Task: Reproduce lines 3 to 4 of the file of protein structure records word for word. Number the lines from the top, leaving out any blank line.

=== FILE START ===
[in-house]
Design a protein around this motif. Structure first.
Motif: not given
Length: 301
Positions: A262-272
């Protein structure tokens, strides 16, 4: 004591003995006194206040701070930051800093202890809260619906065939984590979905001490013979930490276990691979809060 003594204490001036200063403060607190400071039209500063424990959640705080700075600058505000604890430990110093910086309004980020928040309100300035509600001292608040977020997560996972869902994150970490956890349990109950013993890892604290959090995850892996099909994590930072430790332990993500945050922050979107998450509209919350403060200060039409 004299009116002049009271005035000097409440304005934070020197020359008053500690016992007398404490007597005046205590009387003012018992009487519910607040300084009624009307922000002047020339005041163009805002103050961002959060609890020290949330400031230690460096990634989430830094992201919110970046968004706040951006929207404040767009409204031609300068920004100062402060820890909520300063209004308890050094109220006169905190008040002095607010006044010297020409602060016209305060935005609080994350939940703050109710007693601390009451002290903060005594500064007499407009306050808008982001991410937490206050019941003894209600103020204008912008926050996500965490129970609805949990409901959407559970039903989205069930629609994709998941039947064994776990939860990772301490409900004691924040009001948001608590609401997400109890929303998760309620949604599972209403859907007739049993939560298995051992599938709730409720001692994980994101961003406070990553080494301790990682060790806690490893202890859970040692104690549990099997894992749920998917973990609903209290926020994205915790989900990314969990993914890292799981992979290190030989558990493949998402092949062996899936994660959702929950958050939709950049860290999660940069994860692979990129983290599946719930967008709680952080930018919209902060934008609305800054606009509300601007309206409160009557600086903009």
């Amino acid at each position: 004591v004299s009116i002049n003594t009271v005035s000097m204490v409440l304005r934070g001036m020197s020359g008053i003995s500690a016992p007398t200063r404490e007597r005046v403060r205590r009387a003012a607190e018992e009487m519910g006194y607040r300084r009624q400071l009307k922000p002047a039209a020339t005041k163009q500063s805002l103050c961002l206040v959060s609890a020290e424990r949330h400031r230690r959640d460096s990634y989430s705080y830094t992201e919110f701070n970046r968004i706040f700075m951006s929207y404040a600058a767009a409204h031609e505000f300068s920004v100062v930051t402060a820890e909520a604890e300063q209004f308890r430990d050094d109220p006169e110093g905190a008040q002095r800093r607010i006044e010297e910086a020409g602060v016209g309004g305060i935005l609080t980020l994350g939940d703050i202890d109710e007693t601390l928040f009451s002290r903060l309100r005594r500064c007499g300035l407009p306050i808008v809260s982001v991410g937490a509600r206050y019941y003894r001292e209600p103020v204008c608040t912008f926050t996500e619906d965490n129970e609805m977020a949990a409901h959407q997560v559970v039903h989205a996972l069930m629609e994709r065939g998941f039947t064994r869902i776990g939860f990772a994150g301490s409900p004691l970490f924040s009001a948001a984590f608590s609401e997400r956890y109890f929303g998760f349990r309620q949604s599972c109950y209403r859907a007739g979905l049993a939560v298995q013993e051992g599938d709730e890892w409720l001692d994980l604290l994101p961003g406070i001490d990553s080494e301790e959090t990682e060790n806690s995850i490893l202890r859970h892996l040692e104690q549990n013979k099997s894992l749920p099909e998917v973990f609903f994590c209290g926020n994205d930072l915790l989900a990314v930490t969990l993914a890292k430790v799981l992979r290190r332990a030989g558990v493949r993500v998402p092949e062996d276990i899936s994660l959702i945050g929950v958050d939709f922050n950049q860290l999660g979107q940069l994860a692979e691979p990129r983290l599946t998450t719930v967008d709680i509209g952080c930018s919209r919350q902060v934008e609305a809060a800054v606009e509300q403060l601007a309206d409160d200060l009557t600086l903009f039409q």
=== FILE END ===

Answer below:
Motif: not given
Length: 301